Loss of pipeline also means end of controversial ‘mitigation fund’

File-In this file photo taken Dec. 19, 2018 North Carolina Gov. Roy Cooper takes a question during an interview at the Governor's mansion in Raleigh, N.C. (AP Photo/Gerry Broome, File)

RALEIGH – The decision over the July 4th weekend by Dominion Energy and Duke Energy to cancel the Atlantic Coast Pipeline project also means the $57.8 million ‘mitigation fund’ negotiated by Gov. Roy Cooper will not be coming to the state.

Following the January 2018 announcement of the pipeline’s 401 water quality certification permit approval by the governor’s office and the N.C. Dept. of Environmental Quality, a ‘mitigation fund’ worth $57.8 million was announced by Duke Energy and the governor’s office. This ‘mitigation fund’ soon became a point of controversy.

Many state legislators and reporters noticed the curious wording of the fund, which was a “Mitigation Project Memorandum of Understanding by and between Roy Cooper, Governor of North Carolina, in his Official Capacity and Atlantic Coast Pipeline, LLC.” The agreement also put control of the fund solely in the hands of Gov. Cooper, with the fund to be held in a third-party escrow account and not deposited into state coffers.

Upon learning the details of the MOU, the General Assembly passed House Bill 90 in 2018, which directed the funds to be used to provide additional funding for public schools in the affected counties of the pipeline. Those counties were Northampton, Halifax, Nash, Wilson, Johnston, Sampson, Cumberland, and Robeson. Gov. Cooper let the bill become law without his signature.

N.C. Civitas filed a complaint with the N.C. Ethics Commission following the announcement of the MOU and the General Assembly established a select committee to investigate the details of the ‘mitigation fund’ after the announcement was made.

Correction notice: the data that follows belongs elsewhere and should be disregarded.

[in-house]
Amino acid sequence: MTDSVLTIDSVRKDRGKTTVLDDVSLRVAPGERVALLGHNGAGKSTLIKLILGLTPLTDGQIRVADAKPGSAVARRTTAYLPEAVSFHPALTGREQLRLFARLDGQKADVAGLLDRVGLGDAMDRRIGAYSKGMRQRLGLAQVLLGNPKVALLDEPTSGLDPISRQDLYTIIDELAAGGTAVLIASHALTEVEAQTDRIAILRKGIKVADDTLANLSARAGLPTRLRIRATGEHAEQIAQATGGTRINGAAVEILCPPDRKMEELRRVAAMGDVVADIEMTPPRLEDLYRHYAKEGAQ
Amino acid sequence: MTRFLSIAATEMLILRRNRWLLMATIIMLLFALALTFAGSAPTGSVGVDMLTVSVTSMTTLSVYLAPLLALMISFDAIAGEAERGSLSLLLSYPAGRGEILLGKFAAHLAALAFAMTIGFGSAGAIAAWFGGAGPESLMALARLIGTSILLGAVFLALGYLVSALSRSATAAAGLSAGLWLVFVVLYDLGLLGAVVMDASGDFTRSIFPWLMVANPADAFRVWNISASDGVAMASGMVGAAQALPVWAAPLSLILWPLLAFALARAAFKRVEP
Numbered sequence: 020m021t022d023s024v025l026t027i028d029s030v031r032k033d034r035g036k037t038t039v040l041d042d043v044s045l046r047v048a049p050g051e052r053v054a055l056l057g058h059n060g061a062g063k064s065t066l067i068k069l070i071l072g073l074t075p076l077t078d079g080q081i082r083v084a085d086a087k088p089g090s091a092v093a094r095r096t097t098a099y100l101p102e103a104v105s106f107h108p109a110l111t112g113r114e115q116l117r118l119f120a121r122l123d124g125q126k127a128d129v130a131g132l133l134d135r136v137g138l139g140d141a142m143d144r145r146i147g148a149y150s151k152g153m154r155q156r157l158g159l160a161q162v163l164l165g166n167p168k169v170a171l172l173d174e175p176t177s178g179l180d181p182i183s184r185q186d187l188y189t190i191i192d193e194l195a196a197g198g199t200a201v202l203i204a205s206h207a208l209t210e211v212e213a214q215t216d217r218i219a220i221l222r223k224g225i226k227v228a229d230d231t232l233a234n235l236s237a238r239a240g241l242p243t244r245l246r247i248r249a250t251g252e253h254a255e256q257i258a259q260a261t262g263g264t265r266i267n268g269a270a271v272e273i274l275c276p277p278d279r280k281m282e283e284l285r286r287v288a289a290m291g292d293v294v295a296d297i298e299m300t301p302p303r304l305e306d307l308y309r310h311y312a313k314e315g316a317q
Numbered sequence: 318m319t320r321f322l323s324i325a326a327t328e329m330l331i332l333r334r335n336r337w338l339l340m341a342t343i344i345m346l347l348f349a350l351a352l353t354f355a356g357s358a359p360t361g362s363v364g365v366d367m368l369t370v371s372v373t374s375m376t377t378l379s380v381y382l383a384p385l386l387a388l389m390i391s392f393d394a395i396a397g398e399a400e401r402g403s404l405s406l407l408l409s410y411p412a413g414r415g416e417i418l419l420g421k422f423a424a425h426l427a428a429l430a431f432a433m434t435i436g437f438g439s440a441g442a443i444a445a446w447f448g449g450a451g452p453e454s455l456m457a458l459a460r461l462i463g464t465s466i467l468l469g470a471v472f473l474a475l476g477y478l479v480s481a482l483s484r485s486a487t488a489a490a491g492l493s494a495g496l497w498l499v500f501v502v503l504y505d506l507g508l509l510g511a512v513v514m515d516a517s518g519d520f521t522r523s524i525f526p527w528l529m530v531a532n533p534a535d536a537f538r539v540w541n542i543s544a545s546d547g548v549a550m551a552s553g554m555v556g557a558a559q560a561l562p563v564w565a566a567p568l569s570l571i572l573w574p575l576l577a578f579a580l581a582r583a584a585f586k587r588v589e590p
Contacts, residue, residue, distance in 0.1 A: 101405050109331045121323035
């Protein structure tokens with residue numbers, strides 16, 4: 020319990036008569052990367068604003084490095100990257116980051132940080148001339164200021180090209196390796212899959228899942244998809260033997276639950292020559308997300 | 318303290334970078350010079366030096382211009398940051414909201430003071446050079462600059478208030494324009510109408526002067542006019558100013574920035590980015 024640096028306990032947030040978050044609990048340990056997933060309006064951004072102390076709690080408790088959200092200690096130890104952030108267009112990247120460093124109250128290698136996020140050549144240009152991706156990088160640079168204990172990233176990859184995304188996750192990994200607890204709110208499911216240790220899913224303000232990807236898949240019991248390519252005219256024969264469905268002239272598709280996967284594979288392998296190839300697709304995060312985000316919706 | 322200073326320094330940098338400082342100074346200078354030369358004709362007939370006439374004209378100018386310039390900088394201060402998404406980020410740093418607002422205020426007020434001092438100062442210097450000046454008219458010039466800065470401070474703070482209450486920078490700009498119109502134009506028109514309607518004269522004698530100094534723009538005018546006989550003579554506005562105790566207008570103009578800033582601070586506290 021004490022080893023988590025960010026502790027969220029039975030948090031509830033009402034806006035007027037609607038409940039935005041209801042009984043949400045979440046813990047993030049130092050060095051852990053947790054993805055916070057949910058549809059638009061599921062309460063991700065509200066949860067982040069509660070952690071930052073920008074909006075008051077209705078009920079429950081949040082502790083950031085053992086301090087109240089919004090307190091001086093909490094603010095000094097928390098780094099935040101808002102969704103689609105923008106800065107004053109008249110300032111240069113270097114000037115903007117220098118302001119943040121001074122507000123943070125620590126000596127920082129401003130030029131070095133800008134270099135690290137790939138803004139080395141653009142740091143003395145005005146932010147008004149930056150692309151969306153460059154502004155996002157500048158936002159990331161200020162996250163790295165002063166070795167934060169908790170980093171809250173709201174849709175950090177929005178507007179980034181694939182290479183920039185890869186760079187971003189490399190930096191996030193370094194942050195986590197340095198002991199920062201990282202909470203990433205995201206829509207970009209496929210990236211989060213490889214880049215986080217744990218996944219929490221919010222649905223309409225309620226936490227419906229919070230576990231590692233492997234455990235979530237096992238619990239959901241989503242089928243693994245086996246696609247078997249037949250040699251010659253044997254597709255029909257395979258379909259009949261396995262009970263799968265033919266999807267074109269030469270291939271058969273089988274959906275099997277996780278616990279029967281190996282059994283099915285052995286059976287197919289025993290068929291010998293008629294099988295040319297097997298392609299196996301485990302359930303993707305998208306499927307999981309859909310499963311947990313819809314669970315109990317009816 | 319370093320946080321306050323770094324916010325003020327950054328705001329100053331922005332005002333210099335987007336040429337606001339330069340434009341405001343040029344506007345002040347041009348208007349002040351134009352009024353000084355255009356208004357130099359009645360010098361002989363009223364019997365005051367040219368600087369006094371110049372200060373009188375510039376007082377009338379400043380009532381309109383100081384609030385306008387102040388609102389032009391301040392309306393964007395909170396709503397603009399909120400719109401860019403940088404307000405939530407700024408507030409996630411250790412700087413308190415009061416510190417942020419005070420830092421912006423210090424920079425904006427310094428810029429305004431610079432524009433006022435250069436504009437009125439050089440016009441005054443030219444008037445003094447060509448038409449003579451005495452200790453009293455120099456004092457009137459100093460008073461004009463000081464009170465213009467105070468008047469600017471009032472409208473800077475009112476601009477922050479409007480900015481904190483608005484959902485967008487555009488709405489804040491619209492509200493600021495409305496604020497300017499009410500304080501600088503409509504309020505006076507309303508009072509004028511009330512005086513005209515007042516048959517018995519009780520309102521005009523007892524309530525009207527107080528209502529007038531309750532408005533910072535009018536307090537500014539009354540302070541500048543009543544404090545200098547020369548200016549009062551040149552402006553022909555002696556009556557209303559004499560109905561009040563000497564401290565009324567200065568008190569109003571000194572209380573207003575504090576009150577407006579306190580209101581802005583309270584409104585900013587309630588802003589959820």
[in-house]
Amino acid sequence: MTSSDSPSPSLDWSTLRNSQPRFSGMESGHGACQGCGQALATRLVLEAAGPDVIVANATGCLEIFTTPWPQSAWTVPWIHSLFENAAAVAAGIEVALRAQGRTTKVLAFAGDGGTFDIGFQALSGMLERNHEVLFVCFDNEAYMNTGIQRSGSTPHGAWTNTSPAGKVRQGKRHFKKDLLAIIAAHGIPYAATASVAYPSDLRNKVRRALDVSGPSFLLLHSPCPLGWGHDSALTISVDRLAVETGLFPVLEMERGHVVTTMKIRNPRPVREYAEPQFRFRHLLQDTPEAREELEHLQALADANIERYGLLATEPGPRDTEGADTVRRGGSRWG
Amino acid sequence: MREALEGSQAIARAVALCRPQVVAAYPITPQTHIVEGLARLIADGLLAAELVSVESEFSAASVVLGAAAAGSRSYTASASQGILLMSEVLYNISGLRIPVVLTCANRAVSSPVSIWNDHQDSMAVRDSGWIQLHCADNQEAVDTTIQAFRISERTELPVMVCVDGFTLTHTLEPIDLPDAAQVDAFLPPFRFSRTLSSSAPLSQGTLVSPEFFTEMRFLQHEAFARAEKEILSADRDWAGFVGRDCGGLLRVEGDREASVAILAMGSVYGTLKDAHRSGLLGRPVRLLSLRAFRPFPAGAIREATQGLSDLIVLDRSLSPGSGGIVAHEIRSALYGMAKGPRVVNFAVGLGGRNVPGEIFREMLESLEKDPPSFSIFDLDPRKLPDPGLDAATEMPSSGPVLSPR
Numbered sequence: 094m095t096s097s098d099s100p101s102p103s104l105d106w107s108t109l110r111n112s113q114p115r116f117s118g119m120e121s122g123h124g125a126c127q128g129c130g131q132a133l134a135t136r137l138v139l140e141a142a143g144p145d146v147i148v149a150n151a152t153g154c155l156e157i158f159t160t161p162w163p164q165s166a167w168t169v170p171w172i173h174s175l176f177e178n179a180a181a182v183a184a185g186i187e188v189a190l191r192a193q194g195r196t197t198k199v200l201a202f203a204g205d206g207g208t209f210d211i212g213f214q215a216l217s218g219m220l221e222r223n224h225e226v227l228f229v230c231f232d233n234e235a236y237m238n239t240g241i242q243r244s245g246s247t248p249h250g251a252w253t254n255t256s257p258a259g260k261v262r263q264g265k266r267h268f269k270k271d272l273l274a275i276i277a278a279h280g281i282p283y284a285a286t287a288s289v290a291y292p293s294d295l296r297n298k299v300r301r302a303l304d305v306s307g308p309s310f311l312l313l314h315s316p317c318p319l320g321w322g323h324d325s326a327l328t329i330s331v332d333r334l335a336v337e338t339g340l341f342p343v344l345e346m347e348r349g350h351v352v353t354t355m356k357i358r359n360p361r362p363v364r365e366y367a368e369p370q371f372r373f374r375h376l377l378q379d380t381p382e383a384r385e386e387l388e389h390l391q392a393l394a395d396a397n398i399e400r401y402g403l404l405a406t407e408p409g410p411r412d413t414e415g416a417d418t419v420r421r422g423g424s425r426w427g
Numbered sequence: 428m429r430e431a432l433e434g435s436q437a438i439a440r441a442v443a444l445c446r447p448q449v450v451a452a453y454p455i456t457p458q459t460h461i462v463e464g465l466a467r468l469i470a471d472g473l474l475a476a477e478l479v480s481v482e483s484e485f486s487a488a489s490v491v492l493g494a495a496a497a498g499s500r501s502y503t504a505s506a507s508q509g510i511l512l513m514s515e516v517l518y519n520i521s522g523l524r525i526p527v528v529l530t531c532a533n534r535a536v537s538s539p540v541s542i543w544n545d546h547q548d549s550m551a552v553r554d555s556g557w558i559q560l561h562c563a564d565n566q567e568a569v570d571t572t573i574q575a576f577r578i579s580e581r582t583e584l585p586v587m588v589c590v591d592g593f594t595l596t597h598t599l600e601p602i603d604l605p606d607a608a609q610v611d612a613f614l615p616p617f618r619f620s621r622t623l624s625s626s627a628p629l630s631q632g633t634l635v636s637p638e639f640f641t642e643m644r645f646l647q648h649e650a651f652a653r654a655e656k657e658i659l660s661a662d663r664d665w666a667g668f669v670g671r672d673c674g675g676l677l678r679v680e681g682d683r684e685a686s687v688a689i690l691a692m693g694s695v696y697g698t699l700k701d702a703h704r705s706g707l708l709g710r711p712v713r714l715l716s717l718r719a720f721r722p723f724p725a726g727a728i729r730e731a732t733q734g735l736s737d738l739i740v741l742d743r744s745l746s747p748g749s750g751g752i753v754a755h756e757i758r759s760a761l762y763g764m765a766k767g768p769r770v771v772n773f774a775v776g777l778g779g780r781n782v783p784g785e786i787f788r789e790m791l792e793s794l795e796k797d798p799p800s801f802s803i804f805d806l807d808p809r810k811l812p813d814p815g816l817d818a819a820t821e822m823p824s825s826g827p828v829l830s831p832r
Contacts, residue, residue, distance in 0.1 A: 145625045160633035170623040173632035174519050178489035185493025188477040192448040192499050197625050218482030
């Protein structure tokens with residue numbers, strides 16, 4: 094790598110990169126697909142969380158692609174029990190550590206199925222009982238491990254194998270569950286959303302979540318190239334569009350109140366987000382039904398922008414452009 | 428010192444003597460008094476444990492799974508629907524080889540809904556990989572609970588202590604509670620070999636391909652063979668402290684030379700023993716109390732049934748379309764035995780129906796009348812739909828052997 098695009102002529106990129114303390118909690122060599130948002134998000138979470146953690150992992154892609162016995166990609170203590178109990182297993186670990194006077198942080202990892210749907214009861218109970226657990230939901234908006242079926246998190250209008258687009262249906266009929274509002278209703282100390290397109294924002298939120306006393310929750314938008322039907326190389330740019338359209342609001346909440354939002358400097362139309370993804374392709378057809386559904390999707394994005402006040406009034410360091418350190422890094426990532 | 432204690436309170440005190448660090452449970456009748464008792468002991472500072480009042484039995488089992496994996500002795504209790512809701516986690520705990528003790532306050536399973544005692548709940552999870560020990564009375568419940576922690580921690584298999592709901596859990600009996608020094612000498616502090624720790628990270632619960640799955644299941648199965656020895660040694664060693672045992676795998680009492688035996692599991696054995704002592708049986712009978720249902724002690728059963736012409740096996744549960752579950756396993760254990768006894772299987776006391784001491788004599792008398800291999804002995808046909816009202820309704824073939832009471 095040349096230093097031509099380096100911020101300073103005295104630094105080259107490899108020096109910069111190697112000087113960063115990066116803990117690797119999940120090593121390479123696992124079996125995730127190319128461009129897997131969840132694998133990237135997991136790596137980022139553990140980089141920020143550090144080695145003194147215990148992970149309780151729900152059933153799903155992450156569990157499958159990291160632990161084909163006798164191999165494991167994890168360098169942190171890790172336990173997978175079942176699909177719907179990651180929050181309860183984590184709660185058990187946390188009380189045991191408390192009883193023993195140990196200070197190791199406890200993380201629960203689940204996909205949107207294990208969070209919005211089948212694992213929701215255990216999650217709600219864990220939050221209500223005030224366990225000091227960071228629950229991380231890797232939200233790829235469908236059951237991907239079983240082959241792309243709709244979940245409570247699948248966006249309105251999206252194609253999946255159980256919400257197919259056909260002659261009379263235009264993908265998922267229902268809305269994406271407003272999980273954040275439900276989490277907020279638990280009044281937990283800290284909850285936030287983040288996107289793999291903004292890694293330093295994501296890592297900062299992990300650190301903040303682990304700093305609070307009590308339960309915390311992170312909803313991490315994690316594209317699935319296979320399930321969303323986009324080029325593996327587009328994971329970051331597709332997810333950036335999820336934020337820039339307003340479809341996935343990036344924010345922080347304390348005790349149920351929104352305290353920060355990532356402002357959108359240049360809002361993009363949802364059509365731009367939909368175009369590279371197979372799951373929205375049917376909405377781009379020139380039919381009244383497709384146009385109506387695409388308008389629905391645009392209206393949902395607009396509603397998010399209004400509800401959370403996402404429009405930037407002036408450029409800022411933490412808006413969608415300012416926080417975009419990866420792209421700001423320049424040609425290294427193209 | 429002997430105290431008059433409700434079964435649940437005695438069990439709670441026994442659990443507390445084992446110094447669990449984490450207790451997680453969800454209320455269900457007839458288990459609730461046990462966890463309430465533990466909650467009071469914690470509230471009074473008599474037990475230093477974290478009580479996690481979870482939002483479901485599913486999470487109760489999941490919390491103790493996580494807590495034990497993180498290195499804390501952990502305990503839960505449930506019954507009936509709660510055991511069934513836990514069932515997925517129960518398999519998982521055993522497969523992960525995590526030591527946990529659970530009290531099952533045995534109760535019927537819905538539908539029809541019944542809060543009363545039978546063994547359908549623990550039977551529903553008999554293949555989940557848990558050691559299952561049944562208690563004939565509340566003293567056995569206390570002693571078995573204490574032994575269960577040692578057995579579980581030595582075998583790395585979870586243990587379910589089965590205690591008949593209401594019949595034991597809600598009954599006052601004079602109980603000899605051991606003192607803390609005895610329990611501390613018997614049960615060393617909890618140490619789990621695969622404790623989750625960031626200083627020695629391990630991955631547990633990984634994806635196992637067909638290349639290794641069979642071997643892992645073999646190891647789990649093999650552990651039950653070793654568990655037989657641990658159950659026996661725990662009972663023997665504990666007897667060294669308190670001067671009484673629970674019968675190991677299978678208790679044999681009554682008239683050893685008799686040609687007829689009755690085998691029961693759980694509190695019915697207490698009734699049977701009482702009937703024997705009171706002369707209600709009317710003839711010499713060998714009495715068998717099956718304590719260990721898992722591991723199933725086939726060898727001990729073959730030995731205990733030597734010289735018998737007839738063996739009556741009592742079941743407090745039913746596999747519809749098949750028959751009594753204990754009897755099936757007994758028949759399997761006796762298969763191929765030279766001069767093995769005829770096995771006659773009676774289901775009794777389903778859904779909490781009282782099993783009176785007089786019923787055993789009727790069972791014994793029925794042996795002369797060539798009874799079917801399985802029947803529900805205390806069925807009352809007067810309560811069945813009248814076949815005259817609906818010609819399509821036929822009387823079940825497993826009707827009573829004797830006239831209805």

In 2019, an 82-page investigative report authorized by the General Assembly revealed that Gov. Cooper’s office was directly involved in negotiating the MOU, the permitting process with DEQ, and the agreement made between the pipeline operators and the solar industry.

Funds from the Atlantic Coast Pipeline partners would have been triggered by the final federal approval for the project. Those funds will now not be coming to the public schools in those eight counties.

State Sen. Danny Britt (R-Robeson), who represents one of the counites affected, commented on the decision.

“It’s disheartening to see the Atlantic Coast Pipeline not come to fruition. This project would have been transformative for Eastern North Carolina, providing an economic boost for existing industries and creating new jobs and much-needed infrastructure,” said Britt. “Gov. Cooper has said he’s for economic growth in rural North Carolina, except of course when the growth is politically inconvenient for him.”

Donald van der Vaart, the former secretary of the N.C. Dept. of Environmental Quality, now serving on the state’s environmental rulemaking commission, proposed rulemaking that would make money exchanged for permits illegal this week.

“The public deserves a permitting process that is fair,” said state Sen. Paul Newton (R-Cabarrus). “An applicant is in a horrible negotiating position with the government if they can be required to pay.”

Newton, who was an executive at Duke Energy before joining the state Senate, said, “no state official should be allowed to extract more value than a permit requires. If an applicant meets the legal standard, the permit should be granted without the requirement of additional compensation.”